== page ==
“National Parks are America’s treasure which provide magnificent outdoor recreation opportunities and serve as economic engines for local communities. In my own hometown of Whitefish, Montana, I saw how the popularity of Glacier National Park led to growth of the local outdoor rec and eco-tourism industry. And while traveling to Sequoia and Kings Canyon last week it was exciting to see tourism towns dotting the road to the park,” Zinke said. “This report is a testament to the tangible economic benefits our parks bring to communities across the nation. Visitation numbers continue to rise because people want to experience these majestic public lands.”

Zinke continued, “With continued record visitation it’s time to start thinking about accessibility and infrastructure. Last week, it was great to see the team at Yosemite opening up areas with new wheelchair accessible trails. In the coming years, we will look at ways to make innovative investments in our parks to enhance visitor experiences and improve our aging infrastructure. To ensure visitors continue to have great experiences, we will remain focused on increasing access and addressing the maintenance backlog to ensure we are on the right track for generations to come.”

More than 270,000 of the jobs supported by visitor spending in 2016 exist in the communities that lie within 60 miles of a park. These range from big parks like Great Smoky Mountains National Park in Tennessee and North Carolina, which attracted 11.3 million people and supported more than 14,600 jobs, to smaller parks like Saint-Gaudens National Historic Site in New Hampshire that attracted more than 42,000 visitors and supported 34 jobs.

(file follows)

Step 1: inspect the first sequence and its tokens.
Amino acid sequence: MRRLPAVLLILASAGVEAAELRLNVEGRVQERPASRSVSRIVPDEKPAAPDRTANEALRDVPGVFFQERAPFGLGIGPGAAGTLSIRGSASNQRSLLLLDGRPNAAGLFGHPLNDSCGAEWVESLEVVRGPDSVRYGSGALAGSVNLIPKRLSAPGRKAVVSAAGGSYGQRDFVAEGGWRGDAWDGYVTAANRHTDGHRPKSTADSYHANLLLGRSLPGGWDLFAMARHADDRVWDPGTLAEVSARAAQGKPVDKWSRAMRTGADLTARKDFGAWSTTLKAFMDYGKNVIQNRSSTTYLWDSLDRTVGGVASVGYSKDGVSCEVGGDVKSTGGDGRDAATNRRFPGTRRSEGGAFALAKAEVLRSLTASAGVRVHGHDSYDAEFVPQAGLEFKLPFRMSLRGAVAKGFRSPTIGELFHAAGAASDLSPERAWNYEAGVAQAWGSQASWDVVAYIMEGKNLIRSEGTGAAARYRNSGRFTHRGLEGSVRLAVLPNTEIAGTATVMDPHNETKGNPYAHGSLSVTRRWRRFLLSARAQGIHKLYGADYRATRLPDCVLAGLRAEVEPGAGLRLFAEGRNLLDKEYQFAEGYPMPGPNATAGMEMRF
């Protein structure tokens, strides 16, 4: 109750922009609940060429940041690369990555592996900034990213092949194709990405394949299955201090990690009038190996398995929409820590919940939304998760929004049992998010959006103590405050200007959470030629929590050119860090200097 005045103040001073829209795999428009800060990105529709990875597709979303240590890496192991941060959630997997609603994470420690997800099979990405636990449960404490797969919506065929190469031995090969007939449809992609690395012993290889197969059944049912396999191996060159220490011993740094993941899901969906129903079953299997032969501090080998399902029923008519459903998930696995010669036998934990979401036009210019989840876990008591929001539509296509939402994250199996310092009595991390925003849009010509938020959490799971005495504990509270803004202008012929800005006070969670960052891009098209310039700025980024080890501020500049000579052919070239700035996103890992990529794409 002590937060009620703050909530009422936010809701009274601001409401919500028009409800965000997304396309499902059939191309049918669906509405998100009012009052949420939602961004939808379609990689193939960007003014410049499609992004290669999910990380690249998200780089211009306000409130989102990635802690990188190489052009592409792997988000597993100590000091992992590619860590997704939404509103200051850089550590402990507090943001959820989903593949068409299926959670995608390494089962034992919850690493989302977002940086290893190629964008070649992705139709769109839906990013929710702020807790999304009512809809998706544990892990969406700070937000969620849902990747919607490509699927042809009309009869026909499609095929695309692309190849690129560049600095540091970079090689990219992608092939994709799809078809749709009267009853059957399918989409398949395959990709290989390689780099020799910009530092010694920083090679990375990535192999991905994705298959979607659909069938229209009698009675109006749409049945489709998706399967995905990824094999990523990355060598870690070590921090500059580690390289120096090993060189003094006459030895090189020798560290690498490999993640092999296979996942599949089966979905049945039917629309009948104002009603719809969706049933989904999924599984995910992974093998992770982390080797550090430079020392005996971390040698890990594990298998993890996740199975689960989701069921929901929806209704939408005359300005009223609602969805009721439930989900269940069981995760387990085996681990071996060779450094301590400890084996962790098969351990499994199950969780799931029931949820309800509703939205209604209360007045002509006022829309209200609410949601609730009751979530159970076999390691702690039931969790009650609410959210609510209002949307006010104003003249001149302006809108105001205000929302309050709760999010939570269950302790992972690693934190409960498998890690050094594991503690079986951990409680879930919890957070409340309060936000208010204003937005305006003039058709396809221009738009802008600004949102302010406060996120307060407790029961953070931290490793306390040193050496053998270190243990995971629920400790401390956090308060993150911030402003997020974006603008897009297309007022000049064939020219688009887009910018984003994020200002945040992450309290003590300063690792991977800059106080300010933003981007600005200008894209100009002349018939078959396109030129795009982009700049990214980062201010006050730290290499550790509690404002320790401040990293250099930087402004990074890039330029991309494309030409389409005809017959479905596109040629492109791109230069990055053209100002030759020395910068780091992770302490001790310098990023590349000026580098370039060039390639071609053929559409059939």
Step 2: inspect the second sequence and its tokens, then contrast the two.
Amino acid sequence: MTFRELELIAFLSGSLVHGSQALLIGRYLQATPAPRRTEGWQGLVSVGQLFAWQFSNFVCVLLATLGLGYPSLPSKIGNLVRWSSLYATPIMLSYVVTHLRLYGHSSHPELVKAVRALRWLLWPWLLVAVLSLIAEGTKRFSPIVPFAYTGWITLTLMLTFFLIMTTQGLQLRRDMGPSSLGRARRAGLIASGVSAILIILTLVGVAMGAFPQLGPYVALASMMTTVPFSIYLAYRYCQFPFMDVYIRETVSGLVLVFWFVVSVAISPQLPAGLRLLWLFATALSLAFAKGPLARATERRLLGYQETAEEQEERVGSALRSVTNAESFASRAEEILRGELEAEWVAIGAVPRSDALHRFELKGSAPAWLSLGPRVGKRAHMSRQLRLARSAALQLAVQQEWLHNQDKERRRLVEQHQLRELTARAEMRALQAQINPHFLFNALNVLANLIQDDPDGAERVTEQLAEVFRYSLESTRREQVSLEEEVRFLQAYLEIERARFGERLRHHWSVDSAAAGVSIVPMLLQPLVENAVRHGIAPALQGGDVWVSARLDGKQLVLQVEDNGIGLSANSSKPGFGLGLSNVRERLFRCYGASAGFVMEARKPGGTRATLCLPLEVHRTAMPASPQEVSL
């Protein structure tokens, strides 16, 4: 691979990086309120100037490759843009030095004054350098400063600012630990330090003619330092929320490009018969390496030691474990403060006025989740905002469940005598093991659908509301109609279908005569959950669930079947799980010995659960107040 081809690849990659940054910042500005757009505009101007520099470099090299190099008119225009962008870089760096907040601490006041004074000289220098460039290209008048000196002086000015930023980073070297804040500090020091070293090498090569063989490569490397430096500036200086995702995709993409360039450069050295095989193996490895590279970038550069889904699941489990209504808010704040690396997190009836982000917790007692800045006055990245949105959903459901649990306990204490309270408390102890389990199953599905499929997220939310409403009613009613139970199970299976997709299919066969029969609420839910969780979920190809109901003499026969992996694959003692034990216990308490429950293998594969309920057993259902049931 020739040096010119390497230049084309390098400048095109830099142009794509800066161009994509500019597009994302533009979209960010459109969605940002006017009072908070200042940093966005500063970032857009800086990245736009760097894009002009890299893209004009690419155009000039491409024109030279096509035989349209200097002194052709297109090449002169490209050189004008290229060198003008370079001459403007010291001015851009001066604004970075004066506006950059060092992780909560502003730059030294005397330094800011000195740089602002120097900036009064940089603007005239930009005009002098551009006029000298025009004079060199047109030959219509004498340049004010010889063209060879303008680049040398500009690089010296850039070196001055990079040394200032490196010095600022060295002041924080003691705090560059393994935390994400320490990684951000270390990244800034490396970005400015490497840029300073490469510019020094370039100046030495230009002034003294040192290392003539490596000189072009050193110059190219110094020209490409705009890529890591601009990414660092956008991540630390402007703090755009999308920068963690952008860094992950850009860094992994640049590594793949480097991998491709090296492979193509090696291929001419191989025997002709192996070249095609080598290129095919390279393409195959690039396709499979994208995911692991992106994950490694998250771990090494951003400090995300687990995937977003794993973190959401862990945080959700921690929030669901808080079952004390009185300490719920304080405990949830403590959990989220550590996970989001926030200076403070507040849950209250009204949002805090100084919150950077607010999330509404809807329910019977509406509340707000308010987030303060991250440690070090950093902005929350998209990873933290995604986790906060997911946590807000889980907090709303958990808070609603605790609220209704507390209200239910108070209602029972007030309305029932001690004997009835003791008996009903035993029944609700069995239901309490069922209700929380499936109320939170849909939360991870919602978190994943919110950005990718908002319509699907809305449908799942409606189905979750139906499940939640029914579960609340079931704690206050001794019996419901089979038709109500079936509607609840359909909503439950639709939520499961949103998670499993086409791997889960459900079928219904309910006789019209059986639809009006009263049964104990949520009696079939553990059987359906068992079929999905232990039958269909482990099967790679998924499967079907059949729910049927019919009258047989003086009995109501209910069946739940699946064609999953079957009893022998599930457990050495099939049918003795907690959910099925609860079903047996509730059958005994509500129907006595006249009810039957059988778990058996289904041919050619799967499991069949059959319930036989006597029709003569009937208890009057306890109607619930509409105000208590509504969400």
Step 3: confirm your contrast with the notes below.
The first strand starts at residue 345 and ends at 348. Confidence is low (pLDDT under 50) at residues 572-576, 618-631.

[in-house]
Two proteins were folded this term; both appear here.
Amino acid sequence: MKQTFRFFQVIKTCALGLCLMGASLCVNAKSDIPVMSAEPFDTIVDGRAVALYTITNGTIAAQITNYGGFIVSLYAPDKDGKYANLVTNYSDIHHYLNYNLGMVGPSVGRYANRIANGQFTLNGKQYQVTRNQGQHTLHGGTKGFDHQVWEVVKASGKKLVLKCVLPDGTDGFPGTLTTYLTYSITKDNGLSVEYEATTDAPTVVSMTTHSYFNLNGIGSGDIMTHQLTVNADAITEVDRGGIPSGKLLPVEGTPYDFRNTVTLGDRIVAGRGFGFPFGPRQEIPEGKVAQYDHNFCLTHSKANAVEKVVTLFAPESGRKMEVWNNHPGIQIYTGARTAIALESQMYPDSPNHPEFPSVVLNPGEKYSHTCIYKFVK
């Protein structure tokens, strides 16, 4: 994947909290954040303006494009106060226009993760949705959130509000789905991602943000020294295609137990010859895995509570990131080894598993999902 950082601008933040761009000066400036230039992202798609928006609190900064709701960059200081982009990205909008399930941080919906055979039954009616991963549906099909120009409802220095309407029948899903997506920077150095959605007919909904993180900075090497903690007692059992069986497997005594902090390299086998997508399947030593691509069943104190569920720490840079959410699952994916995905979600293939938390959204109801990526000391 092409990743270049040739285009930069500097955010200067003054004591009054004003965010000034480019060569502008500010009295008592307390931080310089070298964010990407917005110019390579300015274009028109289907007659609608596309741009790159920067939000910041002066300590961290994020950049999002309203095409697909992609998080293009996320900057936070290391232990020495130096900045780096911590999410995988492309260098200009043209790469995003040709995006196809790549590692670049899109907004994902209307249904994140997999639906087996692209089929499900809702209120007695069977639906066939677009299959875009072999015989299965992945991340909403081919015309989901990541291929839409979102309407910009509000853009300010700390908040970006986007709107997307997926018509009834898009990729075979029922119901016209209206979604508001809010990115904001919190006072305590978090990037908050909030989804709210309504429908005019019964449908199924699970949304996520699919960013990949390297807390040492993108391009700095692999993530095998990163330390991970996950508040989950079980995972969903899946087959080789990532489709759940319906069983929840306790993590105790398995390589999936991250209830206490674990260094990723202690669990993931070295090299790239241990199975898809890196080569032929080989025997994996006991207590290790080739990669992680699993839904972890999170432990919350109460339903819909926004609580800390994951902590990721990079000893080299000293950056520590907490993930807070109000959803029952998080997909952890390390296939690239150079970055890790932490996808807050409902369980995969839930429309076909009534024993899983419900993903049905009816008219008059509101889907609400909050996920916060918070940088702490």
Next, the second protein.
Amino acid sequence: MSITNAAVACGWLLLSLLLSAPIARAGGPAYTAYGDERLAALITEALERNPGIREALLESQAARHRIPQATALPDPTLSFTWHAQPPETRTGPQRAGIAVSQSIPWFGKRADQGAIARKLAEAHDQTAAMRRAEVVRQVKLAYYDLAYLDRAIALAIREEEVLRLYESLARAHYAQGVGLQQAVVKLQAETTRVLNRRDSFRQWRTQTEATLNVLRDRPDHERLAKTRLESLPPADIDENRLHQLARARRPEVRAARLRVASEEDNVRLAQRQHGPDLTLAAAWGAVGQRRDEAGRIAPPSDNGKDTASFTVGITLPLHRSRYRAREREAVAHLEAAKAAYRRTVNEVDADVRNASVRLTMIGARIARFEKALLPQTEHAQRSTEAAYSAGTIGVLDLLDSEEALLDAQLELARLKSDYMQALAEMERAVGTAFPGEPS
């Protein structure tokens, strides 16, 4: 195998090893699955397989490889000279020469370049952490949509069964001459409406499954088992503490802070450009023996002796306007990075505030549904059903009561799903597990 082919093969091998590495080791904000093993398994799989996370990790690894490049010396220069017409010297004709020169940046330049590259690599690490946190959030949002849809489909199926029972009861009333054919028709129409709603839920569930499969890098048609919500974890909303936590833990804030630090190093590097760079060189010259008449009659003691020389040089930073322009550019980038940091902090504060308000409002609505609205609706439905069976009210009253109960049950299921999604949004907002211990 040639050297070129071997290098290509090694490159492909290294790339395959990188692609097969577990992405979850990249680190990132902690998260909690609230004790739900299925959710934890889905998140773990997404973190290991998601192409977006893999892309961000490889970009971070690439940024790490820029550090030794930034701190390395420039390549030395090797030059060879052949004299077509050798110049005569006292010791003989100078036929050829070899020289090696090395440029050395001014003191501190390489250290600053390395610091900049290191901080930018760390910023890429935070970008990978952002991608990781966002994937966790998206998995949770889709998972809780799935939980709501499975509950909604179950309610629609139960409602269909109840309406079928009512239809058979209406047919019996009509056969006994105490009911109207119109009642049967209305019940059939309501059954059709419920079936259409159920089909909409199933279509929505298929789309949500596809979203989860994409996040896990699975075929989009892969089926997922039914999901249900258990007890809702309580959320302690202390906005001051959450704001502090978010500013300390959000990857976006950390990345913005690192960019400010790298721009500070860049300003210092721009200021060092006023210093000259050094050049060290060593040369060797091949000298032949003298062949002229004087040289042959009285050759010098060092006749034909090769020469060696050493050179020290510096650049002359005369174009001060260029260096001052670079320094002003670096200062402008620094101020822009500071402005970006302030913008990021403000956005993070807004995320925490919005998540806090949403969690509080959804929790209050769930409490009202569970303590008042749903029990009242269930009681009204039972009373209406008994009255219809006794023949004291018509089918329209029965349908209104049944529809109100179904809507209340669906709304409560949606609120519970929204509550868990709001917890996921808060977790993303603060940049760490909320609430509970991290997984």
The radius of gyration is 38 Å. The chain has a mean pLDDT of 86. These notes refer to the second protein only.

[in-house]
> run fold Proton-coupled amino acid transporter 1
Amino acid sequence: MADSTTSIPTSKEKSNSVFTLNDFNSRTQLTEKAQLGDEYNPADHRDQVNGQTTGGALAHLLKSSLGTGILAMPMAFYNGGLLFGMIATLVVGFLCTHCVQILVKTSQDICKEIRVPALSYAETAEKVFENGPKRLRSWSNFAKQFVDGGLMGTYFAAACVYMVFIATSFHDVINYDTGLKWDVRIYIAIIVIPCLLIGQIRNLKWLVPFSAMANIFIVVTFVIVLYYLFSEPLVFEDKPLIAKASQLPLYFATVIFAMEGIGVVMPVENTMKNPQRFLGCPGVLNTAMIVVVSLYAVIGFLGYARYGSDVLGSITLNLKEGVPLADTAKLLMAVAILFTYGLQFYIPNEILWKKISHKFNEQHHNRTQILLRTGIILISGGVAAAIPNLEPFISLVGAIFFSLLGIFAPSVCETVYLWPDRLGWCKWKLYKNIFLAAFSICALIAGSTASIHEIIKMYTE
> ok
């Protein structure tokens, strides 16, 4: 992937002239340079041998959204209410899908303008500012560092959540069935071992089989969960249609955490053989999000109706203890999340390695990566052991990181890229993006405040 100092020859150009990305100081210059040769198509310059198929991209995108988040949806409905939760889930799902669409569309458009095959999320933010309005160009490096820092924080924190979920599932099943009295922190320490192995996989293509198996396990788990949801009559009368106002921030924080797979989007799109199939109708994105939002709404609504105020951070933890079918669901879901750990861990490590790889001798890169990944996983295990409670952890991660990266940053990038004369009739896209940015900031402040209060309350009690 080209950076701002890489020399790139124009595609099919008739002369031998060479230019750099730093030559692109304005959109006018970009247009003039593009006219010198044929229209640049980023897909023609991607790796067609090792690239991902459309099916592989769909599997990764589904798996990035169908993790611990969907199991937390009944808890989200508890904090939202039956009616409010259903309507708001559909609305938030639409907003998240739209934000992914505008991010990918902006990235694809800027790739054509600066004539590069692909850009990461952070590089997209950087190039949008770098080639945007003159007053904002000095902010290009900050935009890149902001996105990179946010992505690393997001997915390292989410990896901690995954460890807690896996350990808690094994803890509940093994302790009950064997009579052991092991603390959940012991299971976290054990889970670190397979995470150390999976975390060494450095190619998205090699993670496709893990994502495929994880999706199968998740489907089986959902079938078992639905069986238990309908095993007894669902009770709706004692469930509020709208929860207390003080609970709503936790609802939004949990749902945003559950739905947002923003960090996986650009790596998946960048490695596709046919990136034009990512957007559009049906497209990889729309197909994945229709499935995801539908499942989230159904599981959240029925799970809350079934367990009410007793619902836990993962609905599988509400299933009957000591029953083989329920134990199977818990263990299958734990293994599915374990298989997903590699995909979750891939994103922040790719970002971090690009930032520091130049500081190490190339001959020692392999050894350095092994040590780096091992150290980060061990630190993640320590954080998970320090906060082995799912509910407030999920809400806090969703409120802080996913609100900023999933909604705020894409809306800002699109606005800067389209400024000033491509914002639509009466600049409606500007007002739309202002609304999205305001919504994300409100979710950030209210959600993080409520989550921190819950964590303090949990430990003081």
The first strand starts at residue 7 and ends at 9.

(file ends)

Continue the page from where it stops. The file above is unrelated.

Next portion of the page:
CA-SF-MuirWoods_041317_755e2(c) Karen Rubin

A view of San Francisco’s iconic Golden Gate Bridge from the ruins of battlements of historic Presidio of San Francisco at Golden Gate National Recration Area.. Interior Secretary Ryan Zinke visited there to announce that 2016’s record visitation of 331 million visitors at America’s 417 National Park Service sites and a $2.9 billion gain in the contribution to the US economy from 2015. © 2017 Karen Rubin/goingplacesfarandnear.com

“National parks like Yellowstone, Zion, and Gettysburg connect us with nature and help tell America’s story,” said Michael T. Reynolds, acting director of the National Park Service. “They are also a vital part of our nation’s economy, drawing hundreds of millions of visitors every year who fill the hotels and restaurants, hire the outfitters and rely on other local businesses that help drive a vibrant tourism and outdoor recreation industry.”